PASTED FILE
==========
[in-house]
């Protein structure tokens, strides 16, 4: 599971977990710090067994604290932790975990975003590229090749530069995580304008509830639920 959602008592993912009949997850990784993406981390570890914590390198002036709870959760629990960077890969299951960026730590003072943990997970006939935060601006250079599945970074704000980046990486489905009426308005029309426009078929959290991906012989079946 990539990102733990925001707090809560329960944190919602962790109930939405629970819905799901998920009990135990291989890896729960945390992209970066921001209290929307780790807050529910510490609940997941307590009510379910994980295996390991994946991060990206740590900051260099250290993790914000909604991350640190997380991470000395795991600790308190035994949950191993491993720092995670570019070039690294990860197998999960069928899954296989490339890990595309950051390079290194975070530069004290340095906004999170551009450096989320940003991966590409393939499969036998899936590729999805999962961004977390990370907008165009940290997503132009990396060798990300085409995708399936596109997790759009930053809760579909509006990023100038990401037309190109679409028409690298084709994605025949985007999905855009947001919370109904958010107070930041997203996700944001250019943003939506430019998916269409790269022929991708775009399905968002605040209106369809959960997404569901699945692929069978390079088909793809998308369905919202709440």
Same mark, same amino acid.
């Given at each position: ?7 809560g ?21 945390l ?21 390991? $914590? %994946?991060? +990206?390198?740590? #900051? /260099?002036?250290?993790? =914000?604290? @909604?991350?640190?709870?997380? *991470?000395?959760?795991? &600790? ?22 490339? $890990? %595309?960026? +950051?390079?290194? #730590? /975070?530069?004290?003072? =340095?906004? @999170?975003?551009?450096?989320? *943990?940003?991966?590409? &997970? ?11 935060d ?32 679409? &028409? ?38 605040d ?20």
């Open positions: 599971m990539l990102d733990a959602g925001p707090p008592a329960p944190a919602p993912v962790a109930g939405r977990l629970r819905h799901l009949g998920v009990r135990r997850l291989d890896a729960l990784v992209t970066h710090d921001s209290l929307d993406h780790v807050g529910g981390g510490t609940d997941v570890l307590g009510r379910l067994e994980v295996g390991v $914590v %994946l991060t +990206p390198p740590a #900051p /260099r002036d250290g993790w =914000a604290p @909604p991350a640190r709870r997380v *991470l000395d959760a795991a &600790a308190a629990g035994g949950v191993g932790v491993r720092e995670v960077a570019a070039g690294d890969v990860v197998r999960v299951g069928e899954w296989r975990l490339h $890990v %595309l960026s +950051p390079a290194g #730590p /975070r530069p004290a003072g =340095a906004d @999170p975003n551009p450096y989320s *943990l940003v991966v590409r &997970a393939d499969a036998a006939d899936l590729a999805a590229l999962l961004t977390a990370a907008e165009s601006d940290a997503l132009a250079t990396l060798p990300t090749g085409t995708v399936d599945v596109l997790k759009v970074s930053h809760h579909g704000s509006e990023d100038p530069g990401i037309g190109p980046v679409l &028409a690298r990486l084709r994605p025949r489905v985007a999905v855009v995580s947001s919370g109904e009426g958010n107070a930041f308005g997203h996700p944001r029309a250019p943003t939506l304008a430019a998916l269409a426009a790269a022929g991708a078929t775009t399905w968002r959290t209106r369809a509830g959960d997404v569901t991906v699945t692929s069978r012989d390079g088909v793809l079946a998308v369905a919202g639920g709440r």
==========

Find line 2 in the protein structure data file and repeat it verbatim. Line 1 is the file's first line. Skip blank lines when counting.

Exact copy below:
């Protein structure tokens, strides 16, 4: 599971977990710090067994604290932790975990975003590229090749530069995580304008509830639920 959602008592993912009949997850990784993406981390570890914590390198002036709870959760629990960077890969299951960026730590003072943990997970006939935060601006250079599945970074704000980046990486489905009426308005029309426009078929959290991906012989079946 990539990102733990925001707090809560329960944190919602962790109930939405629970819905799901998920009990135990291989890896729960945390992209970066921001209290929307780790807050529910510490609940997941307590009510379910994980295996390991994946991060990206740590900051260099250290993790914000909604991350640190997380991470000395795991600790308190035994949950191993491993720092995670570019070039690294990860197998999960069928899954296989490339890990595309950051390079290194975070530069004290340095906004999170551009450096989320940003991966590409393939499969036998899936590729999805999962961004977390990370907008165009940290997503132009990396060798990300085409995708399936596109997790759009930053809760579909509006990023100038990401037309190109679409028409690298084709994605025949985007999905855009947001919370109904958010107070930041997203996700944001250019943003939506430019998916269409790269022929991708775009399905968002605040209106369809959960997404569901699945692929069978390079088909793809998308369905919202709440």